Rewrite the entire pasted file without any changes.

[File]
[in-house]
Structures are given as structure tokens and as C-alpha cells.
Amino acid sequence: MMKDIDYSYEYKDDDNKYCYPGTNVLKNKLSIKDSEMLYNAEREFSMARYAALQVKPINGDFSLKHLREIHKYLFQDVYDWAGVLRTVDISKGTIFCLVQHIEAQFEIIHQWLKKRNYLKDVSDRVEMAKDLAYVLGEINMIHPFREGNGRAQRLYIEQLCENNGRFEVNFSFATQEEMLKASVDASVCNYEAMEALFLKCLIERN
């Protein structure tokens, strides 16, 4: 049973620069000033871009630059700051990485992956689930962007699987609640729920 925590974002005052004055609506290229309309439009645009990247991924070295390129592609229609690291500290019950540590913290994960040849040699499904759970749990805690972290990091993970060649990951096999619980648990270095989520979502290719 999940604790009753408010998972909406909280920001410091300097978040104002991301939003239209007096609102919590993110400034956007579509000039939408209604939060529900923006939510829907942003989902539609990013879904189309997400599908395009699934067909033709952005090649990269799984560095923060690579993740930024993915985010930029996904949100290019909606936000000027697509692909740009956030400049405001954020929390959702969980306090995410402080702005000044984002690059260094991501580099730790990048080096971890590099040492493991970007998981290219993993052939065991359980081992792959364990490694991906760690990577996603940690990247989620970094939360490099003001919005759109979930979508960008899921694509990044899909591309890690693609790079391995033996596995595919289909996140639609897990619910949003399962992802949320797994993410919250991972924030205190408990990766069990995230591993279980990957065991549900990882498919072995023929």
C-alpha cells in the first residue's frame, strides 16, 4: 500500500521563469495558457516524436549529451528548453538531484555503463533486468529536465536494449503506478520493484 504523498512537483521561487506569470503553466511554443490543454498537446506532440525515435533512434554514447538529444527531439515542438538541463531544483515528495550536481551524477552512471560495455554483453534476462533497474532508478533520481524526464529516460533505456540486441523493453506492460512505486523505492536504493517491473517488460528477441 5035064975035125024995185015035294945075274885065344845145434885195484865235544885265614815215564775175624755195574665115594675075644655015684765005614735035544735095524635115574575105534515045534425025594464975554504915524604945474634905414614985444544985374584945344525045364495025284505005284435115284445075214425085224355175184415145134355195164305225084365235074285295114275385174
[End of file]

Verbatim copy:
[in-house]
Structures are given as structure tokens and as C-alpha cells.
Amino acid sequence: MMKDIDYSYEYKDDDNKYCYPGTNVLKNKLSIKDSEMLYNAEREFSMARYAALQVKPINGDFSLKHLREIHKYLFQDVYDWAGVLRTVDISKGTIFCLVQHIEAQFEIIHQWLKKRNYLKDVSDRVEMAKDLAYVLGEINMIHPFREGNGRAQRLYIEQLCENNGRFEVNFSFATQEEMLKASVDASVCNYEAMEALFLKCLIERN
């Protein structure tokens, strides 16, 4: 049973620069000033871009630059700051990485992956689930962007699987609640729920 925590974002005052004055609506290229309309439009645009990247991924070295390129592609229609690291500290019950540590913290994960040849040699499904759970749990805690972290990091993970060649990951096999619980648990270095989520979502290719 999940604790009753408010998972909406909280920001410091300097978040104002991301939003239209007096609102919590993110400034956007579509000039939408209604939060529900923006939510829907942003989902539609990013879904189309997400599908395009699934067909033709952005090649990269799984560095923060690579993740930024993915985010930029996904949100290019909606936000000027697509692909740009956030400049405001954020929390959702969980306090995410402080702005000044984002690059260094991501580099730790990048080096971890590099040492493991970007998981290219993993052939065991359980081992792959364990490694991906760690990577996603940690990247989620970094939360490099003001919005759109979930979508960008899921694509990044899909591309890690693609790079391995033996596995595919289909996140639609897990619910949003399962992802949320797994993410919250991972924030205190408990990766069990995230591993279980990957065991549900990882498919072995023929």
C-alpha cells in the first residue's frame, strides 16, 4: 500500500521563469495558457516524436549529451528548453538531484555503463533486468529536465536494449503506478520493484 504523498512537483521561487506569470503553466511554443490543454498537446506532440525515435533512434554514447538529444527531439515542438538541463531544483515528495550536481551524477552512471560495455554483453534476462533497474532508478533520481524526464529516460533505456540486441523493453506492460512505486523505492536504493517491473517488460528477441 5035064975035125024995185015035294945075274885065344845145434885195484865235544885265614815215564775175624755195574665115594675075644655015684765005614735035544735095524635115574575105534515045534425025594464975554504915524604945474634905414614985444544985374584945344525045364495025284505005284435115284445075214425085224355175184415145134355195164305225084365235074285295114275385174